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Lords of Empyre
Marvel Comics

Comic Books

‘Lords of Empyre’ review

Three really good single issues, pushed into one small, expensive trade.

Lords of Empyre is a strange trade paperback. It consists of the three eponymously titled tie-ins to the main Empyre event in Lords of Empyre: Hulkling, Lords of Empyre: Swordsman and Lords of Empyre: Celestial Messiah. It also includes the Empyre tie-in from the delightful series Savage Avengers, where Conan the Barbarian fights some evil plants. That tie-in has nothing at all to do with the other three issues, and seems to be included solely because, well, a trade that only has three issues is significantly too short to sell, even for Marvel.

(Though, for the record, they could have included any of the issues of Young Avengers or the Celestial Madonna Saga that the Lords of Empyre issues do extensively reference, but hey. I don’t work for Marvel. What do I know?)

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That one issue of Empyre: Savage Avengers is just fine. It’s a solid, 7/10 comic book, that is tossed into this trade for no good reason. Consider it a freebie if you like. But the core of the book – that actual thematic meat – is the three Lords of Empyre issues.

The first, Hulkling, is written by Chip Zdarsky and Anthony Oliveira, and drawn by Manuel Garcia. It is an absolute delight. Unsurprisingly, it follows Hulkling as he is drafted into the role of the new emperor of the Kree/Skrull Alliance, and how he manages to hold onto his heart and his empathy in that unforgiving role. It also includes the words “I want that twink obliterated!” so, hey, pretty funny. Not that you’d expect anything less from Chip Zdarsky, but it masterfully balances that humor with a pretty heartfelt take on a man trying to hold onto who he is, and to the person he loves, while taking on a position of immense power. Despite the humor, it feels operatic and Shakespearian.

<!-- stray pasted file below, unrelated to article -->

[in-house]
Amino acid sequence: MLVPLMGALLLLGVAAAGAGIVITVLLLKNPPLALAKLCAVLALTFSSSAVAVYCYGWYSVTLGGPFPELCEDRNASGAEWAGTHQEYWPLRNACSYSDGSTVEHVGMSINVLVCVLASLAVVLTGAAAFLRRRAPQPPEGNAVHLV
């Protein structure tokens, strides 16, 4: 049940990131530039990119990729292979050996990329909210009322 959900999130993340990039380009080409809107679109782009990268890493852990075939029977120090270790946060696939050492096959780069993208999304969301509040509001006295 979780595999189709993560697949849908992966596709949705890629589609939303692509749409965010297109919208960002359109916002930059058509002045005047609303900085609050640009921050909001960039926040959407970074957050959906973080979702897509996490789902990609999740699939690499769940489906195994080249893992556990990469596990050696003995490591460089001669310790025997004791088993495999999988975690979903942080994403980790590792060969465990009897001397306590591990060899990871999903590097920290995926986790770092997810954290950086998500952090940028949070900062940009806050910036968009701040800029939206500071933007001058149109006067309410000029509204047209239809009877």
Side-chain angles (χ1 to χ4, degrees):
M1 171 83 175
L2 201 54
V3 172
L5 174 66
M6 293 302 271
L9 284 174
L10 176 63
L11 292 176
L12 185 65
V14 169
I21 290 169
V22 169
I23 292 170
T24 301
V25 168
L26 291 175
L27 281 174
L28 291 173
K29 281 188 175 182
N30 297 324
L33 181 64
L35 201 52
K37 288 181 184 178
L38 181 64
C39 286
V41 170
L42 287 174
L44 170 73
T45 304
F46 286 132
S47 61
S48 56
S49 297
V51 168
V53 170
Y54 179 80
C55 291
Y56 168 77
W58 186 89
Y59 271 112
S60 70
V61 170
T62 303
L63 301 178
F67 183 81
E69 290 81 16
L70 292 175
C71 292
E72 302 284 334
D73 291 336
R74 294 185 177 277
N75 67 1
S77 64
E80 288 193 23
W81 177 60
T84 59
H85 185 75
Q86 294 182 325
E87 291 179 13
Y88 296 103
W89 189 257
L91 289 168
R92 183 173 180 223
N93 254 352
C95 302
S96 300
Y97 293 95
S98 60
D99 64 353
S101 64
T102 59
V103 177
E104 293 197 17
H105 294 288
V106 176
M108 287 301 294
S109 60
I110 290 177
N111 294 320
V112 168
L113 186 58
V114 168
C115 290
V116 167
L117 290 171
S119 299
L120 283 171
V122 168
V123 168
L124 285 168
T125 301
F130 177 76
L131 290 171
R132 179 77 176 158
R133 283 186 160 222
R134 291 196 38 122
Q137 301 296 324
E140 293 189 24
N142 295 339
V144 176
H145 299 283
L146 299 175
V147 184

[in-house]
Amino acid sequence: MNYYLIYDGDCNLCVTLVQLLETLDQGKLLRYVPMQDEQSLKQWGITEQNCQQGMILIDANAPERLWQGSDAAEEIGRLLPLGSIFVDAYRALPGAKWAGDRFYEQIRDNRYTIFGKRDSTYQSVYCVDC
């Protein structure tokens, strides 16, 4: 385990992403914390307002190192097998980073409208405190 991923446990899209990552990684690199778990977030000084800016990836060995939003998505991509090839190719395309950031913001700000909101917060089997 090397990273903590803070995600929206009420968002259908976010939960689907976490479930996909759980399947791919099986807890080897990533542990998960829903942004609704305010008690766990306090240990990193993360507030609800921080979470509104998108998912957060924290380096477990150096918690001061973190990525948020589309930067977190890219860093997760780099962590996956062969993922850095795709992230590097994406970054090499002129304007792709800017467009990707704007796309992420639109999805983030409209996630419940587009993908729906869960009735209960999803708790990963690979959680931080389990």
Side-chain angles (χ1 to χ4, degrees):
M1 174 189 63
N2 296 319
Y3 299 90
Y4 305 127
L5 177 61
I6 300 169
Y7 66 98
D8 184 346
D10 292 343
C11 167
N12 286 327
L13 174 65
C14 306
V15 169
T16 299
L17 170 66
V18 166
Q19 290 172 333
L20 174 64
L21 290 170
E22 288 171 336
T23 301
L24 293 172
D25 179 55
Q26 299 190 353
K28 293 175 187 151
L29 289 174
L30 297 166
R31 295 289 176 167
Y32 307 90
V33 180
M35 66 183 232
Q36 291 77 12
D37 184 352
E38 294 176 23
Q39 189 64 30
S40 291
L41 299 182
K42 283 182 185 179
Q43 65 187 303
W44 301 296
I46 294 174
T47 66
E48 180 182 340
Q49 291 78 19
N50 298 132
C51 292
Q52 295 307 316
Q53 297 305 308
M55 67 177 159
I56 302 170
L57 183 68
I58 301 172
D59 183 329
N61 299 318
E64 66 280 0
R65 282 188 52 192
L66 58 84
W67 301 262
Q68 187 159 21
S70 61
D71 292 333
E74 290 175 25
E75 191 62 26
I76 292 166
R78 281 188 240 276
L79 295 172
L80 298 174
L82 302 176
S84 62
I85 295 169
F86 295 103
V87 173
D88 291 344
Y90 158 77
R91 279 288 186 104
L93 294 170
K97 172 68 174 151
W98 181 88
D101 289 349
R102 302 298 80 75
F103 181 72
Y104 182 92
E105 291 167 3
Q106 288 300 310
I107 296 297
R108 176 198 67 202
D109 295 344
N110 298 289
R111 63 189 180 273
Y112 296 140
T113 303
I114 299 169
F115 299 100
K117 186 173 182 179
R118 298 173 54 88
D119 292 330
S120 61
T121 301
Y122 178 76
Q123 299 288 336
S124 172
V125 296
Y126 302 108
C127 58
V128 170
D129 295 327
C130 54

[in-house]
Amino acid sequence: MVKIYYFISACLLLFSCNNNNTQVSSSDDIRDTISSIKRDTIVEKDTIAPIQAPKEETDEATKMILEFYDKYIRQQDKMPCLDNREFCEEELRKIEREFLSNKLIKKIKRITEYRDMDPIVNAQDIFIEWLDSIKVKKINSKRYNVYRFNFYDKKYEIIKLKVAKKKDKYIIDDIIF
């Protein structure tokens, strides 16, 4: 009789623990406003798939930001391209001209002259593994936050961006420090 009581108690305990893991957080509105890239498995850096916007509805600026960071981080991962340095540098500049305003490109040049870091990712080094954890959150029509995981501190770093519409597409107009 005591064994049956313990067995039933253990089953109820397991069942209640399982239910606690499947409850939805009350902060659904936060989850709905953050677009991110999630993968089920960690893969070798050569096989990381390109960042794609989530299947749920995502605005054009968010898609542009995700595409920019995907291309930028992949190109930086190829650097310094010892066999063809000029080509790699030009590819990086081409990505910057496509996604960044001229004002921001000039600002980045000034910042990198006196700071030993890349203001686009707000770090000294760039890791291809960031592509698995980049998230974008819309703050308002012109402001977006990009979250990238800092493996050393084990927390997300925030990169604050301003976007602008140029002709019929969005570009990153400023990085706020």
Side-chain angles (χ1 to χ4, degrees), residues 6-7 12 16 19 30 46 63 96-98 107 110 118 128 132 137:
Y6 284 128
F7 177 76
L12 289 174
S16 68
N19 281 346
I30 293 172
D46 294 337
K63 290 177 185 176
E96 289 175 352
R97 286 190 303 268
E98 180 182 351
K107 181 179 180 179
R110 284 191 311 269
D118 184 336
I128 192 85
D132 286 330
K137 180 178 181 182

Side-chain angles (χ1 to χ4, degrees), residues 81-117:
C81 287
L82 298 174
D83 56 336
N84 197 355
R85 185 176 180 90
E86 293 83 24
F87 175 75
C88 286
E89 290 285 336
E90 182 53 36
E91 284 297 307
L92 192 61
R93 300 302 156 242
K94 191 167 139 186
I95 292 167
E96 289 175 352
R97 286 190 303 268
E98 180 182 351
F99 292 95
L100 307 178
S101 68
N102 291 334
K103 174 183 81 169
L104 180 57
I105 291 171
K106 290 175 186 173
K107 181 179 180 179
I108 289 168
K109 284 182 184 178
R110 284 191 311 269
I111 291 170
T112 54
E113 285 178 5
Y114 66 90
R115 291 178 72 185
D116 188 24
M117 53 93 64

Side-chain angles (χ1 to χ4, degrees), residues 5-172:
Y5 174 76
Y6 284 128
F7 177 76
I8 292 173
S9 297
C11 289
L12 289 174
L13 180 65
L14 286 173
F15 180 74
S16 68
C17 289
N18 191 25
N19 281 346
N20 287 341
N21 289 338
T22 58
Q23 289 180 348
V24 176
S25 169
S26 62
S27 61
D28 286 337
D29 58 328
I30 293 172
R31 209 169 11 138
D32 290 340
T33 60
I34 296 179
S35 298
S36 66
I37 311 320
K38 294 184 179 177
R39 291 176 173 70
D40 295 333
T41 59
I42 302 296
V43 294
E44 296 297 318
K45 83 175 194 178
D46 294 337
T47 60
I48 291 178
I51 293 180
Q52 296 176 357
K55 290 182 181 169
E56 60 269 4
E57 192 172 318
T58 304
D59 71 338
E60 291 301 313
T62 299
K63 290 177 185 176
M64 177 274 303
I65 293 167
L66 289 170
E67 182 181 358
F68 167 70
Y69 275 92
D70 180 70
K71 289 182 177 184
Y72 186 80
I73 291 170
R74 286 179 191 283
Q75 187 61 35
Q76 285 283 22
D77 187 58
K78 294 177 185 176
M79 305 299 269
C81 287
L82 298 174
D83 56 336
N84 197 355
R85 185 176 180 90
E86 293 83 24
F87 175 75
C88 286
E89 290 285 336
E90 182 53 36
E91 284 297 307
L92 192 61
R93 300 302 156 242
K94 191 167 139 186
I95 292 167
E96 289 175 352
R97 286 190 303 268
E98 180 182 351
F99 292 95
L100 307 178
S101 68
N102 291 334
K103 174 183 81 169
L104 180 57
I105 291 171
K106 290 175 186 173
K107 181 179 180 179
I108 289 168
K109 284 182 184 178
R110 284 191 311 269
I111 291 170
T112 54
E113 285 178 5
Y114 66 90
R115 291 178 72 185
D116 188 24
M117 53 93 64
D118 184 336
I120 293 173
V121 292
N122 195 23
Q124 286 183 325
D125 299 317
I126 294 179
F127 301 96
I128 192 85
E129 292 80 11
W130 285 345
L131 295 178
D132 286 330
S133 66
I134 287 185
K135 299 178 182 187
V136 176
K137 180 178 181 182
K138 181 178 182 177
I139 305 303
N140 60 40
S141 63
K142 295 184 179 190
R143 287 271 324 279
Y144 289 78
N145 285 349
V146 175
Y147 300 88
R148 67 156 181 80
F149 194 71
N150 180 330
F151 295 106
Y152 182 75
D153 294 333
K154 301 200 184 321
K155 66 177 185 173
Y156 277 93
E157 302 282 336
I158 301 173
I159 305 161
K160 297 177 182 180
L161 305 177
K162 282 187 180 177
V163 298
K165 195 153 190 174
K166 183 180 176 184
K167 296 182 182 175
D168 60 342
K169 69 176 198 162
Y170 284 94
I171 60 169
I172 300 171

Celestial Messiah is written by Alex Paknadel (the writer of the absolutely fantastic comic Giga, out now) and drawn by Alex Lins. Celestial Messiah follows Sequoia, the son of Mantis and a Cotati tree creature, now leading the latter species in its universal quest to extinguish all ‘meat’ life. But what it’s really about is radicalization. It’s about the young, naïve child being tricked into believing that his mother is really out to get him, that the cult in which he lives is the only home he can have, and that there is nowhere else. It’s tragic, and emotional.

Finally, the last of the three Lords of Empyre issues is Swordsman. It’s about the Swordsman, or rather, the colony of Cotati plants living in his body and pretending to be him. Written again by Paknadel, with art by Thomas Nachlik, Swordsman approaches the same themes, but from the other side. It’s about the sort of person who would convince a naïve young boy into becoming a genocidal alien tree dictator, and what would make him that way. It also has an absolutely beautiful cover by Rod Reis.

However, ultimately, it’s worth noting that this trade costs eighteen dollars. Buying the three good issues individually would cost just twelve dollars. Go and do that, instead. Don’t buy the whole thing.

Lords of Empyre
‘Lords of Empyre’ review
Lords of Empyre
Three really good single issues, pushed into one small, expensive trade.
Reader Rating1 Vote
8.9
Absolutely incredible Rod Reis covers
Paknadel especially does a great job on the stories
This trade is just not worth 18 dollars.
8
Good

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